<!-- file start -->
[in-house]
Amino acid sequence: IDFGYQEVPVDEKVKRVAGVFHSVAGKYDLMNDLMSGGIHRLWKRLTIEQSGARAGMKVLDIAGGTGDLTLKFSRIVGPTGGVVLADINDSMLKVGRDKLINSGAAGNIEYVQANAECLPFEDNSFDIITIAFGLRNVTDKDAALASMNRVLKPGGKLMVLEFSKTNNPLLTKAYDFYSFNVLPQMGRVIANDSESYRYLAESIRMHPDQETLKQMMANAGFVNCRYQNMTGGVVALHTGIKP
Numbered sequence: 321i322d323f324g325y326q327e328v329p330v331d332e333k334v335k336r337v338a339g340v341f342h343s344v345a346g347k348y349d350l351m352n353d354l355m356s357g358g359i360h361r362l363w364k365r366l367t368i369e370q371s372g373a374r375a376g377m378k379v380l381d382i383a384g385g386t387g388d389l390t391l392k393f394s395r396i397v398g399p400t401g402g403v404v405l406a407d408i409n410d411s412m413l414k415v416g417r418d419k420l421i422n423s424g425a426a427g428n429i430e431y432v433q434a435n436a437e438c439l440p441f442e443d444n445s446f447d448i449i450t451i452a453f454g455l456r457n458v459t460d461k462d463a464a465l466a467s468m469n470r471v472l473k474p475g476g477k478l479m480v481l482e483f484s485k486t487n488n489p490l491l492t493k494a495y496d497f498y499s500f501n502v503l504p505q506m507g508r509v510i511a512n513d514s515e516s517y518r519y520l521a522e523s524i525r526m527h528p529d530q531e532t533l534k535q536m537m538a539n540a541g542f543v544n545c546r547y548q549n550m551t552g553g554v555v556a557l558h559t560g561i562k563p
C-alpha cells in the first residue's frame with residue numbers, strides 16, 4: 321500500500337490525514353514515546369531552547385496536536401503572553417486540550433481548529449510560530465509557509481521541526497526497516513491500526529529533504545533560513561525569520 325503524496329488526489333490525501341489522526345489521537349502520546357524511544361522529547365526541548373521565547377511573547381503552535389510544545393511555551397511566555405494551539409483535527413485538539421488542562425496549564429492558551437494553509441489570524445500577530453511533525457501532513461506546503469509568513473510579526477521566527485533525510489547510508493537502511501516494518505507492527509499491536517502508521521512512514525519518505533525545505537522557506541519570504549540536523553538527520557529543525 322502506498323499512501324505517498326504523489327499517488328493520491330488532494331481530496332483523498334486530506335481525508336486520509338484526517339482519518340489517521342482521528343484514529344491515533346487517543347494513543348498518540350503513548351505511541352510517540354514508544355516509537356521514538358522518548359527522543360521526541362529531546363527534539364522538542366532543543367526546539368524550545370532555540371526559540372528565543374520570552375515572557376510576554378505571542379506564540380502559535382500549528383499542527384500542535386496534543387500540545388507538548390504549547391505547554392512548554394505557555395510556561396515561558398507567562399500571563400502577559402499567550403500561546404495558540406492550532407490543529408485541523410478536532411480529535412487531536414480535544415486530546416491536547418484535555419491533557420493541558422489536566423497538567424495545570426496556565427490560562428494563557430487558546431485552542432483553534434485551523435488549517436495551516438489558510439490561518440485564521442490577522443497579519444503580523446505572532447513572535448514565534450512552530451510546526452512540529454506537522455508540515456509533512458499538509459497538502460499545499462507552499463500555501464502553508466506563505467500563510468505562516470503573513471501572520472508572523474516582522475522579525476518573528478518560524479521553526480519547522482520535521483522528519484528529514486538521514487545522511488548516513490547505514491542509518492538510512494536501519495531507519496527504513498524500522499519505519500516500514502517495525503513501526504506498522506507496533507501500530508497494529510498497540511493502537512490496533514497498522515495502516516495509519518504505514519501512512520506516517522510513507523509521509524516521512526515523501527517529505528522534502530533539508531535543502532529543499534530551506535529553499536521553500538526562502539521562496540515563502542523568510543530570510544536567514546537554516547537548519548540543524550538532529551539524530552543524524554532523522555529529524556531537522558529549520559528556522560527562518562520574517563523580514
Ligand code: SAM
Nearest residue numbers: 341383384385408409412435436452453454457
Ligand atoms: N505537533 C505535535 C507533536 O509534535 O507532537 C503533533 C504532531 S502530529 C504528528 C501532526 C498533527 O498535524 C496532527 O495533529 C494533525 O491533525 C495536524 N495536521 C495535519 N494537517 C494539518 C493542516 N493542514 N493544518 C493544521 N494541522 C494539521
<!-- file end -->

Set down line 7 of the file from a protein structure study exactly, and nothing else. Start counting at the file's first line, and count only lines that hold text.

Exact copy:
Ligand atoms: N505537533 C505535535 C507533536 O509534535 O507532537 C503533533 C504532531 S502530529 C504528528 C501532526 C498533527 O498535524 C496532527 O495533529 C494533525 O491533525 C495536524 N495536521 C495535519 N494537517 C494539518 C493542516 N493542514 N493544518 C493544521 N494541522 C494539521